Two young, fully expanded leaves were taken from every plant for assessment of phenolics (see below) and the ratio of leaf carbon to nitrogen (C:N). Leaves were kept in a cooler on ice, freeze-dried in the laboratory, and ground to a fine powder. C:N ratio was assessed in an elemental combustion system (Cornell University Stable Isotope Laboratory).

To measure leaf water content, specific leaf area (SLA), and trichome density, we took a single leaf disc (28 mm2) from the tip of the youngest fully-expanded leaf on each plant and placed each disk in a sealed plastic tube in a cooler with ice. We weighed each disc to the nearest microgram on the day of collection (fresh mass) and after 24 hours of drying at 40°C (dry mass). We calculated water content as the ratio of water mass (fresh - dry mass) to the fresh mass of the leaf disc. We counted trichomes on both sides of each leaf disc under a dissection microscope and divided this number by disc area to estimate trichome density per cm2. We assessed specific leaf area (SLA) of the disc as leaf area per unit dry mass.

Life-history measures were taken throughout the growing seasons. Plants exhibited one of two life-history strategies: they either remained as a rosette (score = 0) or bolted into a flowering stalk (score = 1) during summer 2006. We measured the number of days from germination (February 1) until bolting (bolting date) and also until the first flowers (flowering date) opened. Surveys in spring 2007 revealed that all plants that remained as rosettes in 2006 died during winter due to mammalian herbivory, pathogens, and other unknown causes. After fruits had finished ripening in November 2006, we harvested all plants, dried the tissue in forced air-drying ovens and weighed the total dry mass. We also counted the number of fruits on each plant, which provided a measure of total male and female fitness.

Plant chemistry

Leaf sample extraction

We characterized and quantified phenolic composition of O. biennis leaves using 20 mg of leaf powder from each sample, extracted in 500 μl acetone/water (7/3, v/v, containing 0.1% ascorbic acid, m/v) for 1h with a Vortex-Genie 2T mixer (Scientific Industries, N.Y., USA). After centrifugation (14000 rpm, 10 mins; Eppendorf centrifuge 5402, Eppendorf AG, Hamburg, Germany) we stored the supernatant in a separate vial and repeated the extraction on the original tissue three times with fresh solvent (total of four extractions). Acetone was removed from the pooled extracts using an Eppendorf concentrator 5301 (Eppendorf AG, Hamburg, Germany) and the sample was freeze-dried. Prior to analysis, we dissolved the sample in 1400 μl of water and filtered it through a 0.45 μm PTFE filter.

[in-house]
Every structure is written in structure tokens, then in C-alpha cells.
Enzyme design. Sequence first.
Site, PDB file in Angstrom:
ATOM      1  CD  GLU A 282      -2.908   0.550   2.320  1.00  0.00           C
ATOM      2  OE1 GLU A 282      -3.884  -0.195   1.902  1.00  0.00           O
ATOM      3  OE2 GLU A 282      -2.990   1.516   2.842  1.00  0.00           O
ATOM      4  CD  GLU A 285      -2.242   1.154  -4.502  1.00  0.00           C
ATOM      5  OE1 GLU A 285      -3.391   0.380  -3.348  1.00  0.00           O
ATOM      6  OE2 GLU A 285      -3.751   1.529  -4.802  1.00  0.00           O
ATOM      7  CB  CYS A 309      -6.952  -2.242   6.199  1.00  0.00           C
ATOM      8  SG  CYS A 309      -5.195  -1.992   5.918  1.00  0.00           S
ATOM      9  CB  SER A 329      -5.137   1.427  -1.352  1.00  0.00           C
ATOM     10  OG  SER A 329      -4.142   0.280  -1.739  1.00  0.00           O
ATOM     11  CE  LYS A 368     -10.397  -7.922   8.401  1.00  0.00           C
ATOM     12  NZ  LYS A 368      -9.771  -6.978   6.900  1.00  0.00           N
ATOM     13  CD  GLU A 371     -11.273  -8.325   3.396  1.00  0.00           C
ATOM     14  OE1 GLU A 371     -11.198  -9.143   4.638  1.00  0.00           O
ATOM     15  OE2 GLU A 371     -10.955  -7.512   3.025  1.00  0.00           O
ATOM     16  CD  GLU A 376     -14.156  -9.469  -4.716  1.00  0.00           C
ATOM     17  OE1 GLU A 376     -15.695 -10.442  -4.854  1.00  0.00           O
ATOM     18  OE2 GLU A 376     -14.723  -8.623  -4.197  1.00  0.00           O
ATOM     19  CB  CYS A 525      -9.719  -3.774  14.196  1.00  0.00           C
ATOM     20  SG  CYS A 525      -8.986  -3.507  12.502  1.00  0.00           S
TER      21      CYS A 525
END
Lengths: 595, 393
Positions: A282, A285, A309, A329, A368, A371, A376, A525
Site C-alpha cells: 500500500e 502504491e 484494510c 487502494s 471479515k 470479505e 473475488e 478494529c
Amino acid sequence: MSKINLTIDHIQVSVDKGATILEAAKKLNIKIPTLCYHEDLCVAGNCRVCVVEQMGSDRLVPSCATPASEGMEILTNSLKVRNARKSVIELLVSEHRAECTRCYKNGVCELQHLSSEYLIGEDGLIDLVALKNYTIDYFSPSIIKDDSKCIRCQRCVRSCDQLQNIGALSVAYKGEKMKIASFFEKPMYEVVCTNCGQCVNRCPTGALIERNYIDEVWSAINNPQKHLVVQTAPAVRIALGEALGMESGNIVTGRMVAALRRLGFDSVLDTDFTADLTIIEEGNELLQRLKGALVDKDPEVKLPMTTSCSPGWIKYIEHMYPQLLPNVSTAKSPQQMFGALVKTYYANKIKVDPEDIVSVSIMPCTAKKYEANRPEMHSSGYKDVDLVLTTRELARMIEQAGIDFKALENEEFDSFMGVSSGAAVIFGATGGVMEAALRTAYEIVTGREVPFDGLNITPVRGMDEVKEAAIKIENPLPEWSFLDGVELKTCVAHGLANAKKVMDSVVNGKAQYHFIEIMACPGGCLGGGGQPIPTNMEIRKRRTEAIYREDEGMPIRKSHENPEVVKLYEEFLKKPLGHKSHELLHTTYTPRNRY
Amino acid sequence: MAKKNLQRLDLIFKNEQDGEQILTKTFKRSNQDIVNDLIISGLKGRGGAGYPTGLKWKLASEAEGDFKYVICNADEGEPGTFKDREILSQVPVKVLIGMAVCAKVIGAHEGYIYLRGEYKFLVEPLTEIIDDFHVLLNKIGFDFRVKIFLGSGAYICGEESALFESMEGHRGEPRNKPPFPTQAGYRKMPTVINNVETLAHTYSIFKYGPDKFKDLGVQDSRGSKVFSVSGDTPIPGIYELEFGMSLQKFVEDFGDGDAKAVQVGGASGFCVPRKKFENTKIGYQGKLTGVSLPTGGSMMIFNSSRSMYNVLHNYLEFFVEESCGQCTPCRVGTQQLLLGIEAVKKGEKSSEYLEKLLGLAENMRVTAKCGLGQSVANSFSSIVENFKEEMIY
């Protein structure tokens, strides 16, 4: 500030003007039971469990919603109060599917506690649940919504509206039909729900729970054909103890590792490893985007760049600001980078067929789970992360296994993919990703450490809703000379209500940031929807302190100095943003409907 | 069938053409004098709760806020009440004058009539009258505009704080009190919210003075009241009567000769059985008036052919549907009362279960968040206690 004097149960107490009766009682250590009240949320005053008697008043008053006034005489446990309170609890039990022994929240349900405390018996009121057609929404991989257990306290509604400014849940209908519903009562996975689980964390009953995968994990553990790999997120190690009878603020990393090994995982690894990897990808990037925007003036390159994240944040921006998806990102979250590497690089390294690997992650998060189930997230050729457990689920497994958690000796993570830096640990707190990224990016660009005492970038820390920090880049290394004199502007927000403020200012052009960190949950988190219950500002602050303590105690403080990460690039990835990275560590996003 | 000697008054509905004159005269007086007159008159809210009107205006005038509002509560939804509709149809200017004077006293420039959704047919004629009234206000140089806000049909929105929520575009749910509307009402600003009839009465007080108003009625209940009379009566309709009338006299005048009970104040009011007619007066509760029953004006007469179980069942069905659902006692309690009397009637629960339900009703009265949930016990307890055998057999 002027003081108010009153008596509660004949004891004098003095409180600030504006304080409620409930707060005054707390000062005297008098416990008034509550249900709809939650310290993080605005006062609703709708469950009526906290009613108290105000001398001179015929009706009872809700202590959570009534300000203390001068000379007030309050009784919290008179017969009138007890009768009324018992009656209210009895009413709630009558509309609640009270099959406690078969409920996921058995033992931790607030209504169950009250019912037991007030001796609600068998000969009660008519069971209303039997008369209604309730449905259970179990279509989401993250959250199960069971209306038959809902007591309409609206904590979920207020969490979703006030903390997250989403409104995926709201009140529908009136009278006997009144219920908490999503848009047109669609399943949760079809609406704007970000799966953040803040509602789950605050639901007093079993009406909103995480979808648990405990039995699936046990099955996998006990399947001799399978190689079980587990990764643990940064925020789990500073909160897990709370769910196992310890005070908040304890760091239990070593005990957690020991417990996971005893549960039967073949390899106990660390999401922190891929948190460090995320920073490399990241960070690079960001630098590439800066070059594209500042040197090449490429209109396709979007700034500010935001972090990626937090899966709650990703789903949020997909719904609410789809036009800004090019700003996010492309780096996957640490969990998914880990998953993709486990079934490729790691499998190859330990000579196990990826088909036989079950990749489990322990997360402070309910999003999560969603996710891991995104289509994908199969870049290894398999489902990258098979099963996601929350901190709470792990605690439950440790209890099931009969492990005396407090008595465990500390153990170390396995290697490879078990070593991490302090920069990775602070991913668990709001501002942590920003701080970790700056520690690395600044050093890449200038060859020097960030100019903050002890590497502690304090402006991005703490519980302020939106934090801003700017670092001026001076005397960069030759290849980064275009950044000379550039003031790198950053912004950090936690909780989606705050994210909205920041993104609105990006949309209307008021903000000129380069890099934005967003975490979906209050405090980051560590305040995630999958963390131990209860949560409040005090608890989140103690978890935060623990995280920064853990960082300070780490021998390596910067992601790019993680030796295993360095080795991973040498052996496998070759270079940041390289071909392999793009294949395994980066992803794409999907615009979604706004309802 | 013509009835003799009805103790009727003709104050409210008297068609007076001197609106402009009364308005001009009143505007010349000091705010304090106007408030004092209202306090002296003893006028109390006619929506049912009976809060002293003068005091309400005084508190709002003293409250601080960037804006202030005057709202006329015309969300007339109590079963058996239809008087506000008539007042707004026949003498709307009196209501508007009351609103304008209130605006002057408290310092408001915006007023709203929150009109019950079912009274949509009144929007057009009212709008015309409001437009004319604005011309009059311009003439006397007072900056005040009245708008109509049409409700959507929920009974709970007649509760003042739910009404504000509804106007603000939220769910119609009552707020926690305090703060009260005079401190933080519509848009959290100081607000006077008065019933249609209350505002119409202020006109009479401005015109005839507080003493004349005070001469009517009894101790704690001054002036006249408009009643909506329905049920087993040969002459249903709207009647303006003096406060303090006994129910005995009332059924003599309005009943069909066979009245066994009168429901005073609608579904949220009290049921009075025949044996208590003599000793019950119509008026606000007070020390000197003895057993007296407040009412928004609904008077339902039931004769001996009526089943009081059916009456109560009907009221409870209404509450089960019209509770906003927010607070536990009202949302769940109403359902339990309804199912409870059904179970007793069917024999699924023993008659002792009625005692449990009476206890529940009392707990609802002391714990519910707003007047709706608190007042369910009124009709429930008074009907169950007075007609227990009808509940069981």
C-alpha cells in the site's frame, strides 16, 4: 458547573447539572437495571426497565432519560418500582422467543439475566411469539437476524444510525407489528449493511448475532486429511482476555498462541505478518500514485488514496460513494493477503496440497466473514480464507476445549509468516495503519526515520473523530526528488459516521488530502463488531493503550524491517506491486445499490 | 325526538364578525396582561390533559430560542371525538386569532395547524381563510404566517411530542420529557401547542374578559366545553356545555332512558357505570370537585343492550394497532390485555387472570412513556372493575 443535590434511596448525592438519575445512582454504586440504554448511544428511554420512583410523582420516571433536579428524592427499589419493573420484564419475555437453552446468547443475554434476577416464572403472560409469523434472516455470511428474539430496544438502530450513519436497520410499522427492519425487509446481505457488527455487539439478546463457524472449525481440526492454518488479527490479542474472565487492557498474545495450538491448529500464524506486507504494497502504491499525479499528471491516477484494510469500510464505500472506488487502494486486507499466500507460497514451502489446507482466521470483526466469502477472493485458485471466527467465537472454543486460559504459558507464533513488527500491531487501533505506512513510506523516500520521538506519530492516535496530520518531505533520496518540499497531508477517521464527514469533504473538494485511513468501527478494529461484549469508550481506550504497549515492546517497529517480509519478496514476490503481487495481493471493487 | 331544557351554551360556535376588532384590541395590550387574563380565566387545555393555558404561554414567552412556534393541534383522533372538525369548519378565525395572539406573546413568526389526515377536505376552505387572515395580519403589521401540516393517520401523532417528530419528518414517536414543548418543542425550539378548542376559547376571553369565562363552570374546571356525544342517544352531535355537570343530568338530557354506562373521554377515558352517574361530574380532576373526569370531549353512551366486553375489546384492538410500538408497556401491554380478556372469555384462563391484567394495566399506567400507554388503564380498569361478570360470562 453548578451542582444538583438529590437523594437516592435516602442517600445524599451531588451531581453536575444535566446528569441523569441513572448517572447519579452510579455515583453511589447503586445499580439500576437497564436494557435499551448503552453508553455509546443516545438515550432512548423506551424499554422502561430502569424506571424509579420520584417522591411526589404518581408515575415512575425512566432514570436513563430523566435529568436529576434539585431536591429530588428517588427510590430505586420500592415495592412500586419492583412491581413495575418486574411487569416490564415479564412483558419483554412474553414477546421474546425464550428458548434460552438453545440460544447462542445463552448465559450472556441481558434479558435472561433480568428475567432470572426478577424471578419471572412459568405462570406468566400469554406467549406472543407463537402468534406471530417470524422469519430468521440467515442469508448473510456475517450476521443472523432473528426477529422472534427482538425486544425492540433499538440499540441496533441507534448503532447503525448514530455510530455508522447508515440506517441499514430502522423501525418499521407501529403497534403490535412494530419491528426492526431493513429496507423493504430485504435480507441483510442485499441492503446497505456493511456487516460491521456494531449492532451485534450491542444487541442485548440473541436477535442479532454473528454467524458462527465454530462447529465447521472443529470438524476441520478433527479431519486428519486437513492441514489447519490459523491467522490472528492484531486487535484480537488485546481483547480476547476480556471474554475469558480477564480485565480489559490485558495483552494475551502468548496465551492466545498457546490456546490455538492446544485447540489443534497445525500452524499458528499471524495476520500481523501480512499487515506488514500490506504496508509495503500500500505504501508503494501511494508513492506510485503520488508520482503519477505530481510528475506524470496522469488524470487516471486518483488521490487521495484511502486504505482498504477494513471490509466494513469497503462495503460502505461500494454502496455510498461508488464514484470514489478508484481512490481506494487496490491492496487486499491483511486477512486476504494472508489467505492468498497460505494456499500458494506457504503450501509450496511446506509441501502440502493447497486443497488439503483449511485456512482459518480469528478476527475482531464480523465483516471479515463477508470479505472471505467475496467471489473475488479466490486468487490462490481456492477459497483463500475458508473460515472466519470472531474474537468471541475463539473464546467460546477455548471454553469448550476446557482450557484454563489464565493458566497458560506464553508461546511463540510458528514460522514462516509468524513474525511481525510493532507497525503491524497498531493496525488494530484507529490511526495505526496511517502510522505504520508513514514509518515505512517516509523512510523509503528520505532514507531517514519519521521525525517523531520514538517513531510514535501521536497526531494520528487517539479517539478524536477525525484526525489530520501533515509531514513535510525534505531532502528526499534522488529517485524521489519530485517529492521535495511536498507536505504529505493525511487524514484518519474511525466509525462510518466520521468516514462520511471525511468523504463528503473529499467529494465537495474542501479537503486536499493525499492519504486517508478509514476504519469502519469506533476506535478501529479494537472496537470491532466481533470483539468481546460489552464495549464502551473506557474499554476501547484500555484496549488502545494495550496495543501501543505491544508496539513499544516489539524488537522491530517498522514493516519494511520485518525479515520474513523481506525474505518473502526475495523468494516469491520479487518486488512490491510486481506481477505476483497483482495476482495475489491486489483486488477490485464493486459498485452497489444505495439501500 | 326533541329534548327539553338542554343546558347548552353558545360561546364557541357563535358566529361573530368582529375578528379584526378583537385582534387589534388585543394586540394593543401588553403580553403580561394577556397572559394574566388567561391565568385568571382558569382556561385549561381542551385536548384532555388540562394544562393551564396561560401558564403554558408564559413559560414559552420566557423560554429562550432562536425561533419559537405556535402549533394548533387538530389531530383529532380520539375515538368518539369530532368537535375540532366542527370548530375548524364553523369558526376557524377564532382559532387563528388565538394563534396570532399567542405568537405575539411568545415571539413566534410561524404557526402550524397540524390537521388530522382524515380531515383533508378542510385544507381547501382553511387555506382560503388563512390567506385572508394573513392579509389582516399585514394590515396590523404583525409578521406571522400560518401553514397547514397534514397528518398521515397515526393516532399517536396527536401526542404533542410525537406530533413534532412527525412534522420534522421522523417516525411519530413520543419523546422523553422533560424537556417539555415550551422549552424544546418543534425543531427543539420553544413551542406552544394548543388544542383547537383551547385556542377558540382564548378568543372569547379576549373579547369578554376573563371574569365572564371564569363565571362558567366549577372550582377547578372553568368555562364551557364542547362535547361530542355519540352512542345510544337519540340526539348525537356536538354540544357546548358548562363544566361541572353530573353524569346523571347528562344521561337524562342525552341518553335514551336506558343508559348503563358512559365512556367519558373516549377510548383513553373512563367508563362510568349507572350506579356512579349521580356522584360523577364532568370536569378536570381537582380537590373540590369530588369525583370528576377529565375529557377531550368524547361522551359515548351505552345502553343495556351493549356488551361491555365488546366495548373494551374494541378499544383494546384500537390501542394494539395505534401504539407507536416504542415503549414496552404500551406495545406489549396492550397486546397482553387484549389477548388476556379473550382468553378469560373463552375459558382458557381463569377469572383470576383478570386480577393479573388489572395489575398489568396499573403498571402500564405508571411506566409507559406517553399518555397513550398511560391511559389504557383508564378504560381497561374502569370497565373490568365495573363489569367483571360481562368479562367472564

HPLC-DAD analysis

We analyzed phenolics from each sample using high-performance liquid chromatography with a diode array detector (HPLC-DAD). The LaChrom HPLC system (Merck-Hitachi, Tokyo, Japan) consisted of a pump L-7100, a diode array detector L-7455, a programmable autosampler L-7200, and an interface D-7000. Individual phenolics were separated using the Merck Chromolith Performance RP-18e (100  4.6 mm i.d.) column with CH3CN (A) and 0.05M H3PO4 (B) as eluents. After an extensive comparison of solvent and flow rate gradients, we found the following to be most effective. Solvent gradient: 0-2 min, 2% A (isocratic); 2-16 min, 2-30% A in B (linear gradient); 16-18 min, 30-80% A in B (linear gradient); 18-21 min, 80% A (isocratic); 21-23 min, 80-2% A in B (linear gradient); 23-30 min, 2% A (isocratic). Flow-rate gradient: 0-16 min, 1.5 ml/min (isocratic); 16-18 min, 1.5-2.0 ml/min (linear gradient); 18-28 min, 2.0 ml/min (isocratic); 28-28.5 min, 2.0-1.5 ml/min (linear gradient); 28.5-30 min, 1.5 ml/min (isocratic). We used four acquisition wavelengths (200 nm, 280 nm, 315 nm, 349 nm) and UV spectra were recorded for each peak between 195 – 600 nm. For quantitative analyses, 10 µl of the O. biennis extract was injected into the Merck Chromolith Performance column where hydrolyzable tannins (ellagitannins) were quantified in pentagalloyl glucose equivalents (280 nm), flavonoid glycosides in quercetin equivalents (349 nm), and caffeoyl tartaric acid in caffeoyl quinic acid equivalents (315 nm).

Characterization of O. biennis phenolics

O. biennis phenolics separated by HPLC-DAD were first characterized on the basis of their UV spectra. More specific characterization was achieved by HPLC–ESI-MS in the negative ion mode using a Perkin-Elmer Sciex API 365 triple quadrupole mass spectrometer (Sciex, Toronto, Canada). The HPLC system consisted of two Perkin-Elmer Series 200 micro pumps (Perkin-Elmer, Norwalk, CT, USA) connected to a Series 200 autosampler (Perkin-Elmer, Norwalk, CT, USA) and a 785A UV/VIS detector (Perkin-Elmer, Norwalk, CT, USA). ESI-MS conditions were the same as those described in a previous paper (Salminen et al., 1999). Chromatographic conditions were as described above for HPLC-DAD, but the 0.05M H3PO4 was replaced with 0.4% HCOOH. After UV detection at 280 nm, 20% of the eluate was split off and introduced into the ESI-MS system.

Statistical analyses

Genetic variance, heritability, and coefficients of variation

We used restricted maximum likelihood (REML) in Proc Mixed of SAS (SAS Institute, Cary NC) to estimate the variance explained by plant genotype for each trait. The statistical model included plant genotype and spatial block as random effects, where the significance of genotype was tested using a log-likelihood ratio test (Littell et al., 1996). Because of O. biennis’ functional asexuality, we calculated broad-sense heritability for each trait as H2 = Vg/VT (Lynch & Walsh, 1998), where Vg is the total genetic variance (additive and non-additive) and VT is the total phenotypic variance (genetic and environmental) in the trait. The coefficient of genetic variation was calculated as Vg0.5/μi, where μ is the mean for trait i. All analyses were performed on untransformed data as recommended by Houle (1992).

Genetic associations among traits